Statement by H.E. Ambassador Koro Bessho, Permanent Representative of Japan to the United Nations, at the Ad Hoc Working Group of the Revitalization of the Work of the General Assembly

Thank you, Co-chairs,

          Before I go any further, I would like to join others in extending my heartfelt condolences to the people and the Mission of Malawi for the passing away of Ambassador, Mr. Necton Mhura.
          I would like to certainly thank you, Permanent Representative of Croatia for his ongoing leadership and continuous engagement as co-chair of this Ad Hoc Working Group and I’d certainly like to welcome the Permanent Representative of Colombia as the new chair.
          My delegation remains committed to lending our full support and cooperation to María Emma and Vladimir throughout this session.
          I would like to take up a few points that were suggested by the co-chairs. Allow me to first comment on the selection process of the Secretary-General. 
          For this Working Group and for the General Assembly as a whole, there is no doubt that improving the selection process of the Secretary-General is of critical importance. The progress made in achieving greater transparency in the last SG selection process was noteworthy. Through the establishment of such new mechanisms as informal dialogues and joint letters for candidature, we continue to lay a foundation for transparency and best practices. That is why I, in my personal capacity, issued a note on the last selection process of the SG, which was distributed as a UN document A/71/774-S/2017/93.  We will discuss this at the thematic debate on this issue, so I will not go any further today.
          Along with transparency, the term of the Secretary-General is another facet of the selection process deserving our due consideration. A single non-renewable term is often mentioned as a case-in-point for discussion in support of a Secretary-General’s independence. The basis for that independence, however, in my view, rests not on the nature of the term itself, but in its underlying process. While the renewal of that term ought not to be taken for granted, neither should the term automatically preclude the possibility of reappointment.
The decision-making process on the selection in the General Assembly also needs to be considered. The SG should be endowed with the unified support of all Member States at the end of the process.
          In addition to the selection process of the SG, we must also redouble our engagement and discussions on improving the working methods of the GA. In this connection, I would like to highlight several key issues.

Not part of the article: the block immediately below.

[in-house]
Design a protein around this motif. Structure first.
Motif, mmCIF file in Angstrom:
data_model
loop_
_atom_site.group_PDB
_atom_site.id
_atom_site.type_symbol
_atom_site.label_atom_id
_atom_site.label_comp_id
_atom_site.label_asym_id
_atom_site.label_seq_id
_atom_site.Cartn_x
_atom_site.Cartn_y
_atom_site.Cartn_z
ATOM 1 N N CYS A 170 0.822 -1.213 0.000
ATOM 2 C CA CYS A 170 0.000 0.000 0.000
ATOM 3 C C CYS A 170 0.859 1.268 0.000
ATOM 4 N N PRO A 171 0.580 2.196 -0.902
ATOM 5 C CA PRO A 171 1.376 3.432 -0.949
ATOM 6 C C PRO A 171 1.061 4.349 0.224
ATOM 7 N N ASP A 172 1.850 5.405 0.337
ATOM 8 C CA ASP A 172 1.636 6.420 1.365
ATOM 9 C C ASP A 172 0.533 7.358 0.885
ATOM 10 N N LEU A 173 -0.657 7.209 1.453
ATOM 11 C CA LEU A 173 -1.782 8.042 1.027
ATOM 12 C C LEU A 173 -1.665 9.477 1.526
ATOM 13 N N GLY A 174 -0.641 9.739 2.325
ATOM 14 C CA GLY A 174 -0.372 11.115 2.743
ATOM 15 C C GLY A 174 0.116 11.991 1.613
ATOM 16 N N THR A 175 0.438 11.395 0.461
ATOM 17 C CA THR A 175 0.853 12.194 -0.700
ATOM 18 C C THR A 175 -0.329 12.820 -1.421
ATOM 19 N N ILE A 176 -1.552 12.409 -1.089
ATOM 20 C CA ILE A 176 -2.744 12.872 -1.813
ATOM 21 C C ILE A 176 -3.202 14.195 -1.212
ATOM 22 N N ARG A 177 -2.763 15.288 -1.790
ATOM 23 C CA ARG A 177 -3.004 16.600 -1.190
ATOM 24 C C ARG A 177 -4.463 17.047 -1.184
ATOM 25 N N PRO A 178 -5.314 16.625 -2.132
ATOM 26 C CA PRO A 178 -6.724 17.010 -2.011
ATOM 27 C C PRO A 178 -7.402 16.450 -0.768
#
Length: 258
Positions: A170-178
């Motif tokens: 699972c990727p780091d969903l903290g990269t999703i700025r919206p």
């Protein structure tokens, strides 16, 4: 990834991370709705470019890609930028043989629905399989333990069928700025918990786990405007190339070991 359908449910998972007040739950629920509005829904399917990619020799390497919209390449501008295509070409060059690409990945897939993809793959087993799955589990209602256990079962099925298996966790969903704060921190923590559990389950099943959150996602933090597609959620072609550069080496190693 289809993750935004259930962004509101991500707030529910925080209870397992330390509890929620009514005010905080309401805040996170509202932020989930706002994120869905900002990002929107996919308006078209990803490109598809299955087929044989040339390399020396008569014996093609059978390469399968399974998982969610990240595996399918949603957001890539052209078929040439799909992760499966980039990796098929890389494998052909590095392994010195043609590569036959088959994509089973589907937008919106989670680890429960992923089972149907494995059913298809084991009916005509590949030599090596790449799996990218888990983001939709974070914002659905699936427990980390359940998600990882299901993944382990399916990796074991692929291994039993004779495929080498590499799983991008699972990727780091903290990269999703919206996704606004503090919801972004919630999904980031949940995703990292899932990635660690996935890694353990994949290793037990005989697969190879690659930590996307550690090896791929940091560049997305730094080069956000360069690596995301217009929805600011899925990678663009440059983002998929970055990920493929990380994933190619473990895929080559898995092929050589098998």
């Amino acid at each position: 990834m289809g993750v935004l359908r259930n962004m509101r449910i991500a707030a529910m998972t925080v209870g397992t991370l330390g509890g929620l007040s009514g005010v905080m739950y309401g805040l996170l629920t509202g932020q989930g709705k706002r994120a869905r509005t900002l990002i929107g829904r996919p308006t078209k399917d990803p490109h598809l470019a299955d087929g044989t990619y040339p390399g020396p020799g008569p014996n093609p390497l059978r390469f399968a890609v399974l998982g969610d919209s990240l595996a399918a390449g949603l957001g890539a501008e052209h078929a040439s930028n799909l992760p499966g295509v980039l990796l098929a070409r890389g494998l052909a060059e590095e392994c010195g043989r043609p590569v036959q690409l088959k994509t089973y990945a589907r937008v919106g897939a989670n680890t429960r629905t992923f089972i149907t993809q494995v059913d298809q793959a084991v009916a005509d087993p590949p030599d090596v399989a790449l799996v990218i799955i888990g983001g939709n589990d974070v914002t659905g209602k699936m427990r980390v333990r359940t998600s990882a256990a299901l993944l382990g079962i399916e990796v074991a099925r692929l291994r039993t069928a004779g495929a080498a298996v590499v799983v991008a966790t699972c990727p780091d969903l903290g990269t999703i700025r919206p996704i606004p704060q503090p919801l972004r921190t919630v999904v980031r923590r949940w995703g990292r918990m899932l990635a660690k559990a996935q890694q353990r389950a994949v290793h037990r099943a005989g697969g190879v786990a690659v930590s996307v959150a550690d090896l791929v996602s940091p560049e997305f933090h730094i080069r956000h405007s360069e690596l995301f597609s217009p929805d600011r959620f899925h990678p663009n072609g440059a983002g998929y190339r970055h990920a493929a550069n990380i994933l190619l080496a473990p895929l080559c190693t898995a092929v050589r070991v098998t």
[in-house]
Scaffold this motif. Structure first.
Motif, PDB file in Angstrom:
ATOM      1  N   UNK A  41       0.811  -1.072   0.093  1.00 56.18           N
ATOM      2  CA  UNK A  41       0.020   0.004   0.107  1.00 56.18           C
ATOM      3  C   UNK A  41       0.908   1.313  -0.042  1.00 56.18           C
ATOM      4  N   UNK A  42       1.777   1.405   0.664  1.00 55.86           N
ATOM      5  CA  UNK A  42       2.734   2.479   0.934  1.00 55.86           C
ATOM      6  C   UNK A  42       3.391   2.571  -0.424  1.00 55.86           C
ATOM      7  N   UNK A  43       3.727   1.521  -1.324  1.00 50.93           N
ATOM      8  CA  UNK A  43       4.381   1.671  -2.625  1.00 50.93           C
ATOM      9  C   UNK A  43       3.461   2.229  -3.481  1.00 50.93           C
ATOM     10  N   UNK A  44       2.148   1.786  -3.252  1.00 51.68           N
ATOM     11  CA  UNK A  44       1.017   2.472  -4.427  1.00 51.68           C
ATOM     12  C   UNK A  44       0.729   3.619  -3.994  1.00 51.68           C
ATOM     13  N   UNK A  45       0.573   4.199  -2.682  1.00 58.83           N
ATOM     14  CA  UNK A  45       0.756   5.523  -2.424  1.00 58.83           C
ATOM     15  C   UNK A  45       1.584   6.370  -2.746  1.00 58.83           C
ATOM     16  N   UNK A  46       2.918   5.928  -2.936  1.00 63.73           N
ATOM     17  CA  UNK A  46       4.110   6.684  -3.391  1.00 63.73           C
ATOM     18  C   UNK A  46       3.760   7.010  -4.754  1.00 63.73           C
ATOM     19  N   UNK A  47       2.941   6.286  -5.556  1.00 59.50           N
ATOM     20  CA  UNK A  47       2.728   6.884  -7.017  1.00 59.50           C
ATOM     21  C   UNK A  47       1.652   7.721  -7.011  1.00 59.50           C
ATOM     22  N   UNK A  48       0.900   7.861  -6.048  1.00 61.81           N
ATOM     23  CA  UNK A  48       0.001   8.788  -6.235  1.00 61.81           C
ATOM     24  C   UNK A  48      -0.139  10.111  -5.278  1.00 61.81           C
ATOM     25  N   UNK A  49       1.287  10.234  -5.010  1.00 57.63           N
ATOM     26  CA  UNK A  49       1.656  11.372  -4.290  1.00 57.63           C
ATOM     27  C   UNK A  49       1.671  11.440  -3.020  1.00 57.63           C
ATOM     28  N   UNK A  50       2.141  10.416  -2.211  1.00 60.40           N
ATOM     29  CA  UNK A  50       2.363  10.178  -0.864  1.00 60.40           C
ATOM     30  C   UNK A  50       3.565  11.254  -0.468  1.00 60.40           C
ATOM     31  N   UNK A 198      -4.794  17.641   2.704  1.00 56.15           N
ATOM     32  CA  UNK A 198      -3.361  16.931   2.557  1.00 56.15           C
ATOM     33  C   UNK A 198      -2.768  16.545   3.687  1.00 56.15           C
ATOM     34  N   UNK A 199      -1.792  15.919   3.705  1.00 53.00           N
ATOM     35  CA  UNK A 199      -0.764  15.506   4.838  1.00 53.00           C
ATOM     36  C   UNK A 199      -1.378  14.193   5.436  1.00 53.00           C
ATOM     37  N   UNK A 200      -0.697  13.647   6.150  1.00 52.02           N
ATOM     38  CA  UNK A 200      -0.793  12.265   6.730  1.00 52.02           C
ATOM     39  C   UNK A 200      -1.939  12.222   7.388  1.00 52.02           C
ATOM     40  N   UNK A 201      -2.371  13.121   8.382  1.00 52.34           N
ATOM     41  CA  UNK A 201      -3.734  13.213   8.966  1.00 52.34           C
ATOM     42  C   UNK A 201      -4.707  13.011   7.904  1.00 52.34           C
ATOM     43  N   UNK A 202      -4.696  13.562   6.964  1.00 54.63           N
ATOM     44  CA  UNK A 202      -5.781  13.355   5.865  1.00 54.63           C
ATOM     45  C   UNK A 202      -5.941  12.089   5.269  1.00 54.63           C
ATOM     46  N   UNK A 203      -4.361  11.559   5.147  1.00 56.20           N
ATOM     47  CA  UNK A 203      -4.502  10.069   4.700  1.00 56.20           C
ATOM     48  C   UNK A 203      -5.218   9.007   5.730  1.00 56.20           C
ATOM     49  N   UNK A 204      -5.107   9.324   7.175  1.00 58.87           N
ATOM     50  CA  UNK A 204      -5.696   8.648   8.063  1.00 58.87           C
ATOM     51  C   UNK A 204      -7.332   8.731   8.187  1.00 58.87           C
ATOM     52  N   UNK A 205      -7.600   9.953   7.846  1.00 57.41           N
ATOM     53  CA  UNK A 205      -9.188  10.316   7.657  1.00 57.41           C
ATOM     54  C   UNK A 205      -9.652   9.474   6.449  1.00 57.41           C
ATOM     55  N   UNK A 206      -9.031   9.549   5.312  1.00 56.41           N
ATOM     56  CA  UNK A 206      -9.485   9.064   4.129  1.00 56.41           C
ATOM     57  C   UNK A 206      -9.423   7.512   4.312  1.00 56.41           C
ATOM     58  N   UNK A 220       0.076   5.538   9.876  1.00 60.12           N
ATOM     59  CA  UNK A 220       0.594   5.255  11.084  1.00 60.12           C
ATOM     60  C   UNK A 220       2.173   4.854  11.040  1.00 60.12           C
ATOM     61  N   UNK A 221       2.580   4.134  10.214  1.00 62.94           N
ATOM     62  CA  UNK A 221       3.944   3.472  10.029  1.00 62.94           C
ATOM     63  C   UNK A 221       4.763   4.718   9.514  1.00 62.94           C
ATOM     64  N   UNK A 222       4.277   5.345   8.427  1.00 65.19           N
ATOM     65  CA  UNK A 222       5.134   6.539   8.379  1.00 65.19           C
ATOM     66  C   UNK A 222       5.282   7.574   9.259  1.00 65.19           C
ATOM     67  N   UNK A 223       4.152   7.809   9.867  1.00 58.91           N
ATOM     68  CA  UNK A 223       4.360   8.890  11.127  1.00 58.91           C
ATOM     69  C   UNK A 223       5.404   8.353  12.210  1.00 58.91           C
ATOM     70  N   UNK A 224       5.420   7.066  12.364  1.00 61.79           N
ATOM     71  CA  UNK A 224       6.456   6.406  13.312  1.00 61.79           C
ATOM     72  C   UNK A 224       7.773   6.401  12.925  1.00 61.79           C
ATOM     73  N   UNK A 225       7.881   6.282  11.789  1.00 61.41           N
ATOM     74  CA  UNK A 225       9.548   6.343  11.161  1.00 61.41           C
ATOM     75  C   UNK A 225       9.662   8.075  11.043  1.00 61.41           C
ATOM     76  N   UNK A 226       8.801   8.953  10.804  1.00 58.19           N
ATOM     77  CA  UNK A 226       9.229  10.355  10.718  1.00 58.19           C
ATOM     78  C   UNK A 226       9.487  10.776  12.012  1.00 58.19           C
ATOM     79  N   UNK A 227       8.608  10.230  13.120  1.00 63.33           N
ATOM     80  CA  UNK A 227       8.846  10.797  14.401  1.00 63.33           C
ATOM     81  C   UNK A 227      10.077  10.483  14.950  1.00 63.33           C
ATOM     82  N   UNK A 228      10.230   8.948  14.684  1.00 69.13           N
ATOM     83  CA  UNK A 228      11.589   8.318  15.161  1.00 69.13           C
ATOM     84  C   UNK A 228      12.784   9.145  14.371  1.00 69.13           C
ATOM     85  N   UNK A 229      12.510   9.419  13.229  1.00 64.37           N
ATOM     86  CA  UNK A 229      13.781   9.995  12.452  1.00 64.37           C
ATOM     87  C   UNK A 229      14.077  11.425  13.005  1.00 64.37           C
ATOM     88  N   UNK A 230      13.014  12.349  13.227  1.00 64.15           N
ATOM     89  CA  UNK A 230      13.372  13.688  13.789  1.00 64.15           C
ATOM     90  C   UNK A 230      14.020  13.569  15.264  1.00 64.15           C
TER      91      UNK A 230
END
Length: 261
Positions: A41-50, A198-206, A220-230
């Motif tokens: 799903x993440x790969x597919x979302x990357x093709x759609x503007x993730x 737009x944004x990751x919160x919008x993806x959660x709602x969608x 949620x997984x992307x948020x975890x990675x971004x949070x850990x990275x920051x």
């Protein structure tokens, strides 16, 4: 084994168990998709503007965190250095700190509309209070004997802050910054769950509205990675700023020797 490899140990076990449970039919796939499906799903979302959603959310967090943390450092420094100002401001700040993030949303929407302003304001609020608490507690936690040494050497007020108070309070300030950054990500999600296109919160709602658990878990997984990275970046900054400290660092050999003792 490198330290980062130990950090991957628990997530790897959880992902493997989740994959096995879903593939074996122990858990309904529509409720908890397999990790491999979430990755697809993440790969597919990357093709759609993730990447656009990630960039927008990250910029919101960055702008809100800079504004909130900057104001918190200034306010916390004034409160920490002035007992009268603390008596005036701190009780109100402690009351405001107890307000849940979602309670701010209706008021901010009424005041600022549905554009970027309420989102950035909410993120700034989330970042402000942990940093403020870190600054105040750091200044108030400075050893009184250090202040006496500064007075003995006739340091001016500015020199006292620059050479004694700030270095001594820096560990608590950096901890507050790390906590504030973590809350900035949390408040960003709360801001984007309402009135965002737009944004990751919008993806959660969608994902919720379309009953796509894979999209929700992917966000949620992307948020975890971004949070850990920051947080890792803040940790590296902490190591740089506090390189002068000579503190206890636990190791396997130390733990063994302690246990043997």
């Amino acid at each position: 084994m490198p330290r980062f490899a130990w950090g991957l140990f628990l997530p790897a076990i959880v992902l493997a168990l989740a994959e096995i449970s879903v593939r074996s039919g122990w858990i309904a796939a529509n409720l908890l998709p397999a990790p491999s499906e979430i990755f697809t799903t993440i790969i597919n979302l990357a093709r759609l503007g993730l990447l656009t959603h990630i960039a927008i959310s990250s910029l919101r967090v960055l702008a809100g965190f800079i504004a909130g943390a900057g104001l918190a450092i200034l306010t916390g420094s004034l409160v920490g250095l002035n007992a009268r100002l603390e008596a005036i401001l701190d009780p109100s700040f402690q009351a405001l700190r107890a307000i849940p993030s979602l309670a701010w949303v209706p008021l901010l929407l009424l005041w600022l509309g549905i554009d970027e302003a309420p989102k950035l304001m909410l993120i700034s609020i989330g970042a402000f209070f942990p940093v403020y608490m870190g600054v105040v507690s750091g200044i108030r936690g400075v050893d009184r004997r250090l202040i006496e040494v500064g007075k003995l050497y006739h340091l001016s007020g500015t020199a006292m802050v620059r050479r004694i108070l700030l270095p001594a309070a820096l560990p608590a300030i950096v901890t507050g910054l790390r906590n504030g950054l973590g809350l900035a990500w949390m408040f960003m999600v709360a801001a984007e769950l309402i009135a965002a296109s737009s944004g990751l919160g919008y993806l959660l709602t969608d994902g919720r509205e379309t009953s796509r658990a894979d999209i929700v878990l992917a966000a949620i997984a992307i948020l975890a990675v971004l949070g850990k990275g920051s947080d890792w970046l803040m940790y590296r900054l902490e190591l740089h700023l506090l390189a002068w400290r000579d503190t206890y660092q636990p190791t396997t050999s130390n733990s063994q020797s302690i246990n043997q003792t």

First, the timing of the election of the PGA is ripe for reform. We need look no further than the office of the SG to see the benefits of a recently improved leadership transition process. So, too, should such improvements benefit the OPGA. We may consider moving up the PGA election earlier than June, thereby affording the President-elect sufficient time to assemble a team and adequately prepare for handover.  All Member States stand to benefit from improvements contributing to the smooth and well prepared transition of leadership in the Assembly.
          Second, I would like to underscore the urgent need to streamline the work of the GA. As the PGA noted in his priorities for 2018, we must be careful to avoid the prioritization of quantity over quality in carrying out our work. Bearing this in mind, let us aim to reduce the number of agenda items and invest more energy on the agendas before us. Indeed, rationalization of the work of the GA through, as already mentioned, by biennialization and triennialization of agendas is also an issue of urgent importance. Enacting such measures will serve to sharpen our ability to address challenges with increased efficiency and effectiveness.
          Thirdly, the speakers’ list for the high-level week general debate should be produced in a manner that more accurately reflects the political context of individual Member States. Countries like Japan, where the head of state performs a ceremonial or symbolic role and the head of government holds the highest political office, should be considered accordingly.
          As the most broadly representative main body of the United Nations comprised of all 193 Member States, a General Assembly with improved effectiveness and efficiency impacts, and indeed benefits all of its members.
          With recent progress as new precedent to guide us, let us continue the forward momentum of our shared revitalization efforts. For its part, Japan is ready and willing to actively participate in discussions together with Member States and relevant stakeholders.
I thank you, Co-chairs.